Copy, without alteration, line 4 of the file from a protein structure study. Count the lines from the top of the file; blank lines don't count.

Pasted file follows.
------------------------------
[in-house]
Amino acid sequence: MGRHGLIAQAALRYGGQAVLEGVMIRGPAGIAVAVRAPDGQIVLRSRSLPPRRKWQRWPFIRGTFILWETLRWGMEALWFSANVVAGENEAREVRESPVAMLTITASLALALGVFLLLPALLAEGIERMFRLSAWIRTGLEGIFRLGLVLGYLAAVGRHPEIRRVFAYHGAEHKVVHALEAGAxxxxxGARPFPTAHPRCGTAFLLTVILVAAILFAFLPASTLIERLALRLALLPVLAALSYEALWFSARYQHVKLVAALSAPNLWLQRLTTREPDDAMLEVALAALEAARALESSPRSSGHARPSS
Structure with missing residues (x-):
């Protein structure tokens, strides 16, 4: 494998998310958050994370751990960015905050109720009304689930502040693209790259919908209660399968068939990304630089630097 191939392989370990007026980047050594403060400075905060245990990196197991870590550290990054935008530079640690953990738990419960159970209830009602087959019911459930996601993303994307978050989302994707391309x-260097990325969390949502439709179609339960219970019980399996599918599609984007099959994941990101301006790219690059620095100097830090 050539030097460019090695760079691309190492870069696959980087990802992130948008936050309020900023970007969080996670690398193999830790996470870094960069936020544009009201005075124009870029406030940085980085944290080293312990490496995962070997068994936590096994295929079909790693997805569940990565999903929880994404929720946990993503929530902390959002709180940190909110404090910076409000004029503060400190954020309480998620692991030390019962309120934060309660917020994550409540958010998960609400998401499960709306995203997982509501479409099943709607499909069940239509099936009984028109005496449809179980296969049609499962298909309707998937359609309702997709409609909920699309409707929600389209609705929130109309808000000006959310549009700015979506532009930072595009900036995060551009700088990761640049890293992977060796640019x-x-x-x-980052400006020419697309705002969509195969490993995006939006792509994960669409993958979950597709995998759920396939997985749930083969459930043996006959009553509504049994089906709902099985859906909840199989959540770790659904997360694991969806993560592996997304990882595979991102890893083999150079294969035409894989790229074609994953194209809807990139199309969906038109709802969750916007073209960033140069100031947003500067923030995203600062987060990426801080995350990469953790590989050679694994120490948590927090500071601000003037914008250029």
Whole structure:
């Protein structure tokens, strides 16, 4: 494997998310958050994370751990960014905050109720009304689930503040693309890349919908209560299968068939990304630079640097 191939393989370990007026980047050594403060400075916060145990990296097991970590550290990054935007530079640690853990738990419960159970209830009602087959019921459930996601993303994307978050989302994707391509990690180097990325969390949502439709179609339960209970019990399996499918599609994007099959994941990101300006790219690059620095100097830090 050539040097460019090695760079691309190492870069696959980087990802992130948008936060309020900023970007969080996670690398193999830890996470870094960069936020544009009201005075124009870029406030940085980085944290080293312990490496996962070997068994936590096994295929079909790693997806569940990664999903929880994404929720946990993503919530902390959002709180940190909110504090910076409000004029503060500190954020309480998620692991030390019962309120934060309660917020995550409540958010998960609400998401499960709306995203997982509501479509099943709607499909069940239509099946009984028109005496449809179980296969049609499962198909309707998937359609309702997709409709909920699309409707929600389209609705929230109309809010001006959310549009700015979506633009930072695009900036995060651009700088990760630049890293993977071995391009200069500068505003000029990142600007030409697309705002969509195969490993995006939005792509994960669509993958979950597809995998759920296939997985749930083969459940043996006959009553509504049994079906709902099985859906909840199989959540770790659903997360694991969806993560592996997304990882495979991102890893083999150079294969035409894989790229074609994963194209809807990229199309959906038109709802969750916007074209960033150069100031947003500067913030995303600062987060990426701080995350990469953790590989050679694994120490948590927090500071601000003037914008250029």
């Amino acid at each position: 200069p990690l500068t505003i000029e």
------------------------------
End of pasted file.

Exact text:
């Protein structure tokens, strides 16, 4: 494998998310958050994370751990960015905050109720009304689930502040693209790259919908209660399968068939990304630089630097 191939392989370990007026980047050594403060400075905060245990990196197991870590550290990054935008530079640690953990738990419960159970209830009602087959019911459930996601993303994307978050989302994707391309x-260097990325969390949502439709179609339960219970019980399996599918599609984007099959994941990101301006790219690059620095100097830090 050539030097460019090695760079691309190492870069696959980087990802992130948008936050309020900023970007969080996670690398193999830790996470870094960069936020544009009201005075124009870029406030940085980085944290080293312990490496995962070997068994936590096994295929079909790693997805569940990565999903929880994404929720946990993503929530902390959002709180940190909110404090910076409000004029503060400190954020309480998620692991030390019962309120934060309660917020994550409540958010998960609400998401499960709306995203997982509501479409099943709607499909069940239509099936009984028109005496449809179980296969049609499962298909309707998937359609309702997709409609909920699309409707929600389209609705929130109309808000000006959310549009700015979506532009930072595009900036995060551009700088990761640049890293992977060796640019x-x-x-x-980052400006020419697309705002969509195969490993995006939006792509994960669409993958979950597709995998759920396939997985749930083969459930043996006959009553509504049994089906709902099985859906909840199989959540770790659904997360694991969806993560592996997304990882595979991102890893083999150079294969035409894989790229074609994953194209809807990139199309969906038109709802969750916007073209960033140069100031947003500067923030995203600062987060990426801080995350990469953790590989050679694994120490948590927090500071601000003037914008250029």